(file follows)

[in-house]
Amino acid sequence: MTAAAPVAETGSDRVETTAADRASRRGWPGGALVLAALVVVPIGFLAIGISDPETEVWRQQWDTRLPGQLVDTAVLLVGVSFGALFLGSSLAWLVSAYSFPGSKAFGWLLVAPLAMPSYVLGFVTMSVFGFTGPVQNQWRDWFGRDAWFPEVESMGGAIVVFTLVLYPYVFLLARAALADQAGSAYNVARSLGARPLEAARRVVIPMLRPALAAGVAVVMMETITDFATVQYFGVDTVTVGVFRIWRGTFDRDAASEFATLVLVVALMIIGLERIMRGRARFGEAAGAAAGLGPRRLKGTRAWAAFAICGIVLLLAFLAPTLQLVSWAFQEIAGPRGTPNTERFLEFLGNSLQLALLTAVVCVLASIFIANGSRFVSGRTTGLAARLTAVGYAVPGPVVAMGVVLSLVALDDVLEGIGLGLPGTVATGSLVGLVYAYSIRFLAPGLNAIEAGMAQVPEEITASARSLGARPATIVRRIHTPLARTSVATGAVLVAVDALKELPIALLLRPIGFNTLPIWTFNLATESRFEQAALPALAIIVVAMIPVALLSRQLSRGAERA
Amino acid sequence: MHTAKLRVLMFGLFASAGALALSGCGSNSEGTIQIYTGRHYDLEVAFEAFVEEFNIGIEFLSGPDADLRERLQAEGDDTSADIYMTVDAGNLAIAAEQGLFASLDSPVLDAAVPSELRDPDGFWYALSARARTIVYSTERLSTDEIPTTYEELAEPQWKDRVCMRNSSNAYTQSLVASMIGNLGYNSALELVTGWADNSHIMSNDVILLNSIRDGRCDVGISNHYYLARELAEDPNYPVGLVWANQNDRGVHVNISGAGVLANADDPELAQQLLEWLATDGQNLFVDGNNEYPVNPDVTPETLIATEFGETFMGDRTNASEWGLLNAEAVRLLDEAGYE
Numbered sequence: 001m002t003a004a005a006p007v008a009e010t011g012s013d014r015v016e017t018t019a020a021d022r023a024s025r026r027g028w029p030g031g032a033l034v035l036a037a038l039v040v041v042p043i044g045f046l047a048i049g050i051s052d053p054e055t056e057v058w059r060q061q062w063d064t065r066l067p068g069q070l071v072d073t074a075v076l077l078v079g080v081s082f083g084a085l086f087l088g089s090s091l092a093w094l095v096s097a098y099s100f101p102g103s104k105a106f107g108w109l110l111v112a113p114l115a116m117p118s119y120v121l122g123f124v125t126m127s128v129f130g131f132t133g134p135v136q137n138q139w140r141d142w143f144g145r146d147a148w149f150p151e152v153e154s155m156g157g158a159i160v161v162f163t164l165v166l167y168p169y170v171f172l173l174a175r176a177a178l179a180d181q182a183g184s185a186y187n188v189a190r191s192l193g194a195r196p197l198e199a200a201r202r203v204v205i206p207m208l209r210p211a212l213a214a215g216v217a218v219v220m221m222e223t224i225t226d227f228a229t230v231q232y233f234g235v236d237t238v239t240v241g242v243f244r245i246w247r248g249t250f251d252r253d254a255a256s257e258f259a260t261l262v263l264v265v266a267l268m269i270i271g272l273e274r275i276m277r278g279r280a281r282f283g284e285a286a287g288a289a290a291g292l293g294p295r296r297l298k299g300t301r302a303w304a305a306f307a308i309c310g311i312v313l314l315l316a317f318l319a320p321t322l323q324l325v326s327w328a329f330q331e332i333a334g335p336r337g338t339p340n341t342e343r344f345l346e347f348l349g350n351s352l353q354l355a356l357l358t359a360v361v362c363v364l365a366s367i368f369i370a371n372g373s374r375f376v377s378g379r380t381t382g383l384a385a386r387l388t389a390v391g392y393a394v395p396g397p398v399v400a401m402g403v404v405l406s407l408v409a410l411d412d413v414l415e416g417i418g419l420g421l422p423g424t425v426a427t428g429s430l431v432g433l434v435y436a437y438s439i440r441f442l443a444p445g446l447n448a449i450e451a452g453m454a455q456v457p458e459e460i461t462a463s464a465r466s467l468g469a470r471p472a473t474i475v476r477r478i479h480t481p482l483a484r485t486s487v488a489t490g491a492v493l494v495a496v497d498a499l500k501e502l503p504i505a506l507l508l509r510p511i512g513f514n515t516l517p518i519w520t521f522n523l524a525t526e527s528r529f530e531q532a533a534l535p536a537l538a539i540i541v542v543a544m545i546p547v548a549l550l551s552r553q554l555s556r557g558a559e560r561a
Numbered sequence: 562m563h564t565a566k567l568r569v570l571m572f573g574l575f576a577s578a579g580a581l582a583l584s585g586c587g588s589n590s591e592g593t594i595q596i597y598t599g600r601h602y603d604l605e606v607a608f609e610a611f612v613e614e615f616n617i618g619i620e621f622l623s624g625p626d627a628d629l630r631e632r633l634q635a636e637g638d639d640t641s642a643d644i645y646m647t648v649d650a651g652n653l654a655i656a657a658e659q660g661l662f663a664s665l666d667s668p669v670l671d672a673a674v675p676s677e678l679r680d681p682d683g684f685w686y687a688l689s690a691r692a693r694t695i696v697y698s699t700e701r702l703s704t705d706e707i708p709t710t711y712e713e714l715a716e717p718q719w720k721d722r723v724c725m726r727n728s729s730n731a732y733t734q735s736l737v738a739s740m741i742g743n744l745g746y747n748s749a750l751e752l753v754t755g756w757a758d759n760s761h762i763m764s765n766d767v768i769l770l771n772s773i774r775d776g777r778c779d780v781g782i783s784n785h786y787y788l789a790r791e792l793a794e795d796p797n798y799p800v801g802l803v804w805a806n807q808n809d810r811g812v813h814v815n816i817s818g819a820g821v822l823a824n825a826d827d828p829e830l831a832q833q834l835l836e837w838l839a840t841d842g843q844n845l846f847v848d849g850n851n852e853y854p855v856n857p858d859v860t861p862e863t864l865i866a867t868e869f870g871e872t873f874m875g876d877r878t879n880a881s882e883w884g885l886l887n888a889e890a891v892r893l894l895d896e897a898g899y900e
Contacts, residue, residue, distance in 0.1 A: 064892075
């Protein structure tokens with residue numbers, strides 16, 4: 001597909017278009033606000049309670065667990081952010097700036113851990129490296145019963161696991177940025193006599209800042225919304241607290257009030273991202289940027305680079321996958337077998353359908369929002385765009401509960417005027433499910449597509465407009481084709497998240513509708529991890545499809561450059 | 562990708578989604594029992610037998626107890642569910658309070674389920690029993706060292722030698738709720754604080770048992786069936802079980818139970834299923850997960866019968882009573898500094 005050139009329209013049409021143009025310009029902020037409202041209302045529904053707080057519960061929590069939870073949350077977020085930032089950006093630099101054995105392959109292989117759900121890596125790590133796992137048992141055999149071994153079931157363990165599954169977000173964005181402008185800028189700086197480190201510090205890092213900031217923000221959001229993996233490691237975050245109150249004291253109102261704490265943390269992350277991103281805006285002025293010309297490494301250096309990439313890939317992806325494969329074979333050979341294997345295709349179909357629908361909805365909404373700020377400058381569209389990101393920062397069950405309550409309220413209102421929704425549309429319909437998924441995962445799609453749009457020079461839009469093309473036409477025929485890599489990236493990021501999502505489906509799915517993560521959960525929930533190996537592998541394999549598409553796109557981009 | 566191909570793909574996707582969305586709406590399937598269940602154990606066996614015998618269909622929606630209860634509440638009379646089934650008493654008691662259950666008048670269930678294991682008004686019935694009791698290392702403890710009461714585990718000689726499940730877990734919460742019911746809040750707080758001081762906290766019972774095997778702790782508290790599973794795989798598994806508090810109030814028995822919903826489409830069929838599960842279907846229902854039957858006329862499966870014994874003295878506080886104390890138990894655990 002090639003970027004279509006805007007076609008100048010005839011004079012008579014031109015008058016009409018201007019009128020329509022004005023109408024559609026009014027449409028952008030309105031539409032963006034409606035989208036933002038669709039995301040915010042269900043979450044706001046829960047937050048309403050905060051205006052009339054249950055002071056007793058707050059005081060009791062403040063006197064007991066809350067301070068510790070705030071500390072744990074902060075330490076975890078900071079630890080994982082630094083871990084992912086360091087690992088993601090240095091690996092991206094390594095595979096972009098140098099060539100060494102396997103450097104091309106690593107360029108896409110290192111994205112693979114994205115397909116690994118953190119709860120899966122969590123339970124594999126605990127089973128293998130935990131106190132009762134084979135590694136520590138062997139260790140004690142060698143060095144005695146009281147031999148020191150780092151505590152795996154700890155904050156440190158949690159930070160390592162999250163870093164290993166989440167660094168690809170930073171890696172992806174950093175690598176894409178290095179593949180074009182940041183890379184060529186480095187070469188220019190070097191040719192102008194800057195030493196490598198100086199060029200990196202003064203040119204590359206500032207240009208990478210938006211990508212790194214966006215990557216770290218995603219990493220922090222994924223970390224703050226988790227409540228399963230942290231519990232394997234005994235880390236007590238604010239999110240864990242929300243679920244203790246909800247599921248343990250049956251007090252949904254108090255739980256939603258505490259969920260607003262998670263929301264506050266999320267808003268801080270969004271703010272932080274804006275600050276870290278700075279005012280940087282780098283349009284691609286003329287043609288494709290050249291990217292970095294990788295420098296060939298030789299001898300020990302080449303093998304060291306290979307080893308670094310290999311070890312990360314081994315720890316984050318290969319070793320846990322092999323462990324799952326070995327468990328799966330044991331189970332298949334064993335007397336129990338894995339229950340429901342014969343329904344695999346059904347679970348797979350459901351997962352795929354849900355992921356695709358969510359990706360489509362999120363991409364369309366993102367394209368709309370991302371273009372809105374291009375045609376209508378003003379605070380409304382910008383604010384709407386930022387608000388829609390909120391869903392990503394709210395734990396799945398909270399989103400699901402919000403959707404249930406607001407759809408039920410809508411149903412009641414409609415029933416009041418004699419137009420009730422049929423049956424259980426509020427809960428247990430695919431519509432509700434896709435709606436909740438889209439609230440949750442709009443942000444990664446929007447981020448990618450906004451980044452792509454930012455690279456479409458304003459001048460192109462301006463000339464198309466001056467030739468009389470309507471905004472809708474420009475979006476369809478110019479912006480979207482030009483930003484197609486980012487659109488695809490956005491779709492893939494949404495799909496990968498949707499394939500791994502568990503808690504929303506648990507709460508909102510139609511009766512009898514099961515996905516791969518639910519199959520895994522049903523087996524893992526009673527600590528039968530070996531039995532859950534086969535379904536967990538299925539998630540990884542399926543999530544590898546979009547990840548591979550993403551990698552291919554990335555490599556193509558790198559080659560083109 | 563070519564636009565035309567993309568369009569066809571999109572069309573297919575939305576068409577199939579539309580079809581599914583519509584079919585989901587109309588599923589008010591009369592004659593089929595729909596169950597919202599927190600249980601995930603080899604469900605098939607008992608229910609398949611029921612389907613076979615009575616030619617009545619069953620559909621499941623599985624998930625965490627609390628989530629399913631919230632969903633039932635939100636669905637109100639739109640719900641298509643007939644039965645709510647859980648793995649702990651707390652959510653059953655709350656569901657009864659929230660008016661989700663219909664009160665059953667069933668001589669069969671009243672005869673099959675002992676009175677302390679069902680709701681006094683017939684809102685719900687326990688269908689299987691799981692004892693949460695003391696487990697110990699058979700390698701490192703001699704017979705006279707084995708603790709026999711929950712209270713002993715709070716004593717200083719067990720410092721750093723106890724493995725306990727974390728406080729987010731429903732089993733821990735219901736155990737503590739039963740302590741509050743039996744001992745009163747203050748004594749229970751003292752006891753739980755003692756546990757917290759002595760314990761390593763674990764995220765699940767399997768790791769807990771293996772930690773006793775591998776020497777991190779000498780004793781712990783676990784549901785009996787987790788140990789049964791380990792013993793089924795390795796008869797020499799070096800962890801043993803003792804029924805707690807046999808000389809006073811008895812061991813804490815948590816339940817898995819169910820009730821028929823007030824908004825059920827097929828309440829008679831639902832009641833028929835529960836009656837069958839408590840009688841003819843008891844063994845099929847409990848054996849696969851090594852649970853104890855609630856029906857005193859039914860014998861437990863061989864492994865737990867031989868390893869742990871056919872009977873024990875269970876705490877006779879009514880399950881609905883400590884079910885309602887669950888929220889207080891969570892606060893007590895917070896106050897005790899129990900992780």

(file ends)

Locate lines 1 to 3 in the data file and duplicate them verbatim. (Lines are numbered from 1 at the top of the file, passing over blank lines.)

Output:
[in-house]
Amino acid sequence: MTAAAPVAETGSDRVETTAADRASRRGWPGGALVLAALVVVPIGFLAIGISDPETEVWRQQWDTRLPGQLVDTAVLLVGVSFGALFLGSSLAWLVSAYSFPGSKAFGWLLVAPLAMPSYVLGFVTMSVFGFTGPVQNQWRDWFGRDAWFPEVESMGGAIVVFTLVLYPYVFLLARAALADQAGSAYNVARSLGARPLEAARRVVIPMLRPALAAGVAVVMMETITDFATVQYFGVDTVTVGVFRIWRGTFDRDAASEFATLVLVVALMIIGLERIMRGRARFGEAAGAAAGLGPRRLKGTRAWAAFAICGIVLLLAFLAPTLQLVSWAFQEIAGPRGTPNTERFLEFLGNSLQLALLTAVVCVLASIFIANGSRFVSGRTTGLAARLTAVGYAVPGPVVAMGVVLSLVALDDVLEGIGLGLPGTVATGSLVGLVYAYSIRFLAPGLNAIEAGMAQVPEEITASARSLGARPATIVRRIHTPLARTSVATGAVLVAVDALKELPIALLLRPIGFNTLPIWTFNLATESRFEQAALPALAIIVVAMIPVALLSRQLSRGAERA
Amino acid sequence: MHTAKLRVLMFGLFASAGALALSGCGSNSEGTIQIYTGRHYDLEVAFEAFVEEFNIGIEFLSGPDADLRERLQAEGDDTSADIYMTVDAGNLAIAAEQGLFASLDSPVLDAAVPSELRDPDGFWYALSARARTIVYSTERLSTDEIPTTYEELAEPQWKDRVCMRNSSNAYTQSLVASMIGNLGYNSALELVTGWADNSHIMSNDVILLNSIRDGRCDVGISNHYYLARELAEDPNYPVGLVWANQNDRGVHVNISGAGVLANADDPELAQQLLEWLATDGQNLFVDGNNEYPVNPDVTPETLIATEFGETFMGDRTNASEWGLLNAEAVRLLDEAGYE